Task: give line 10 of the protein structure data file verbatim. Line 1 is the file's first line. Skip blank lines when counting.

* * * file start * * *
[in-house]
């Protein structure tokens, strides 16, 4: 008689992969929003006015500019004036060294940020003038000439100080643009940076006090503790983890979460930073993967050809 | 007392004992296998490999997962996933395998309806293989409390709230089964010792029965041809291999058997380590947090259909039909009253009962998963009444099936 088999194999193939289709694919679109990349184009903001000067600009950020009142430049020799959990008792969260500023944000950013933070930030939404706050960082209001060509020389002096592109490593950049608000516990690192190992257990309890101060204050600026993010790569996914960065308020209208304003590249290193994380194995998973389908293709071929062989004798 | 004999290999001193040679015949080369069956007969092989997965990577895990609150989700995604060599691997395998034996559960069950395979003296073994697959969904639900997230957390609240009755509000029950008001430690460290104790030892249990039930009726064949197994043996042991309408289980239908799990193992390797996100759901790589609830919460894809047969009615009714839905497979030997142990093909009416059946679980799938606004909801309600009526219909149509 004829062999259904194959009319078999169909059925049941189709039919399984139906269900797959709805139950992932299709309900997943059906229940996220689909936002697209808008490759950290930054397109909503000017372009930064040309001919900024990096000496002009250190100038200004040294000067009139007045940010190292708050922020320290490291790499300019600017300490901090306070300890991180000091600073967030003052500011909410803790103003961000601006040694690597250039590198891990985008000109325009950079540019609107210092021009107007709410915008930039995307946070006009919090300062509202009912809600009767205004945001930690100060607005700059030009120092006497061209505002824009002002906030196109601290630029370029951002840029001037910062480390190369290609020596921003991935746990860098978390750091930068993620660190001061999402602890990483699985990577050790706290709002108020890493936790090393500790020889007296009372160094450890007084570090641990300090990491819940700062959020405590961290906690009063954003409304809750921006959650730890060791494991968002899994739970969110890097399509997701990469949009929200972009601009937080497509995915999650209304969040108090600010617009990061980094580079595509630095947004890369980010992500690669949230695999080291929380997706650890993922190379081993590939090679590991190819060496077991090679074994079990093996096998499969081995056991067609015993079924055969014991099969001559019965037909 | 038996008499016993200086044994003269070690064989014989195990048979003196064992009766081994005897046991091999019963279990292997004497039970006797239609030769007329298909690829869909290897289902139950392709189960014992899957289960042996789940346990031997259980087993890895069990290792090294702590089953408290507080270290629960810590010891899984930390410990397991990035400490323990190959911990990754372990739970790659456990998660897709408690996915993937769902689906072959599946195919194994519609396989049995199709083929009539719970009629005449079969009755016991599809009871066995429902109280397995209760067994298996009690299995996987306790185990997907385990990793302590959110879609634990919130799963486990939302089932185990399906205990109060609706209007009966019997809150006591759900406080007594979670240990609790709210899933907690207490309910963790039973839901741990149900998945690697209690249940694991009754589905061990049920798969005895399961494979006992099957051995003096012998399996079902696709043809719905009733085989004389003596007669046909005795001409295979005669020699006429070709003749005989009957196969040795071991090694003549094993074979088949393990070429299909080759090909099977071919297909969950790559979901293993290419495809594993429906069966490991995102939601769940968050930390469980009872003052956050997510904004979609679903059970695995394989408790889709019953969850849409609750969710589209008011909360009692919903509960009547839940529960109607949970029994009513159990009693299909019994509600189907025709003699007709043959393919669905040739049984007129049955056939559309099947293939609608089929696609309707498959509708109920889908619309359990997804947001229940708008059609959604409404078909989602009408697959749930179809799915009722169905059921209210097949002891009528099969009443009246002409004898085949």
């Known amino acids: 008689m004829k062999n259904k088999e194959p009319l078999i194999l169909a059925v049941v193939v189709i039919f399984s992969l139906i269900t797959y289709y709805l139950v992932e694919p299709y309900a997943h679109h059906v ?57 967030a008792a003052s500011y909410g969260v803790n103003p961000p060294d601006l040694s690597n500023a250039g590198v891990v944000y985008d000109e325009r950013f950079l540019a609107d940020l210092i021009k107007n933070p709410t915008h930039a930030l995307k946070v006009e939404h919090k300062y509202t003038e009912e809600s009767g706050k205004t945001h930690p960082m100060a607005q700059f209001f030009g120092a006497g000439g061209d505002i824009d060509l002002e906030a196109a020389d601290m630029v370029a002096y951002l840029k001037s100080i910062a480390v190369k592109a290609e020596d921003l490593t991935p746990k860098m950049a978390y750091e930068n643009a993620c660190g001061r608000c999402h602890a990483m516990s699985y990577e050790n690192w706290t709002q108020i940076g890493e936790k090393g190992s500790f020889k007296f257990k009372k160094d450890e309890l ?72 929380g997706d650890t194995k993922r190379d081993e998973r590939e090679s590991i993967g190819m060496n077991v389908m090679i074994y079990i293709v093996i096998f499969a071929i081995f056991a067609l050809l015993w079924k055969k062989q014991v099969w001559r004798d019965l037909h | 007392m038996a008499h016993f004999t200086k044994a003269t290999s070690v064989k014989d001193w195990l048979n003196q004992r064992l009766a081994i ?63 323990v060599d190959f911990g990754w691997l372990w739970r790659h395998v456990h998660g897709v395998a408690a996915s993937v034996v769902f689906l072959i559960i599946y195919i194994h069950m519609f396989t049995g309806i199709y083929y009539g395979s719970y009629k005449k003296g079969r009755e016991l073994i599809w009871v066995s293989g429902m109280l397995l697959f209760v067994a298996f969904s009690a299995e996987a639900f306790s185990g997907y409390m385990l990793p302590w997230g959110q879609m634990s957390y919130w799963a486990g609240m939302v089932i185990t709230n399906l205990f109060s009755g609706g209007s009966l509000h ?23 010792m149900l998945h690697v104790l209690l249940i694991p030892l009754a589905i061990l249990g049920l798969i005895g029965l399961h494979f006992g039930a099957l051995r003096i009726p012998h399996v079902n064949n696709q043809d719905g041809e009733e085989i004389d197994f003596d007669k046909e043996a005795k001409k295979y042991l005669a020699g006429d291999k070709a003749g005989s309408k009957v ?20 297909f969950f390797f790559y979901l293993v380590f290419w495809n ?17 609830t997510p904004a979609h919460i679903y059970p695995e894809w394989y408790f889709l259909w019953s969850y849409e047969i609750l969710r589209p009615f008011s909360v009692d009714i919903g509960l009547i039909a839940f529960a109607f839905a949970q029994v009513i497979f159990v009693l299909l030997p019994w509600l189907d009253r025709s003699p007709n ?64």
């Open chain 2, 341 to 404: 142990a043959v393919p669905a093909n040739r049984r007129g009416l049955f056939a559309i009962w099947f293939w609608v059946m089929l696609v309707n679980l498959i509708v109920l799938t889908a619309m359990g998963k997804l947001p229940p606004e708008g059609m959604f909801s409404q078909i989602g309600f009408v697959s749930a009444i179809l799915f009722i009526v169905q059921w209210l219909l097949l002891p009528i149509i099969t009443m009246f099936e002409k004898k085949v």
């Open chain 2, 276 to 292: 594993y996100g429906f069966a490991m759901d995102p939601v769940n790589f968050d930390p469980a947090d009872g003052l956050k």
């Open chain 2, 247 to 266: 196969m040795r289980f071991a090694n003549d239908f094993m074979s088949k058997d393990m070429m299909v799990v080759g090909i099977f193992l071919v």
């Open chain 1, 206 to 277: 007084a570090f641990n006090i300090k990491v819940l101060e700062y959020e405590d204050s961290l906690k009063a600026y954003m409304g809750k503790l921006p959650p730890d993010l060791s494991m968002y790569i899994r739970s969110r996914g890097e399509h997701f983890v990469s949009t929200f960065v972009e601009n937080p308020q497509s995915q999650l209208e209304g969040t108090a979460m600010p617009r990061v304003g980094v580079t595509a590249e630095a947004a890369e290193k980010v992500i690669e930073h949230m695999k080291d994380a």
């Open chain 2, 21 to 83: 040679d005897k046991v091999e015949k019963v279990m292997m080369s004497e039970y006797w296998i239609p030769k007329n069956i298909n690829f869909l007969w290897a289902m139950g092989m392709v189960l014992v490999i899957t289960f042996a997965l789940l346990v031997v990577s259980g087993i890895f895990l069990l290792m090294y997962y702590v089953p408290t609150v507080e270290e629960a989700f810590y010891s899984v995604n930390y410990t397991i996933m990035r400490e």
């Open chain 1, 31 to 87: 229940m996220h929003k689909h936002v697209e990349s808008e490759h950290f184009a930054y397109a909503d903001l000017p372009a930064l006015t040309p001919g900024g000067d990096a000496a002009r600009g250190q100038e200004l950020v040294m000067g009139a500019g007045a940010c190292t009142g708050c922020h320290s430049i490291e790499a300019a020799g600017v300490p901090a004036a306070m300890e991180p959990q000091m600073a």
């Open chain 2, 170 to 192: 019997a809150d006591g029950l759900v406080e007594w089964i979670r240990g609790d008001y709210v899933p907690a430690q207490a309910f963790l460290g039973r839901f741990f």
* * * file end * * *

């Open chain 2, 170 to 192: 019997a809150d006591g029950l759900v406080e007594w089964i979670r240990g609790d008001y709210v899933p907690a430690q207490a309910f963790l460290g039973r839901f741990f």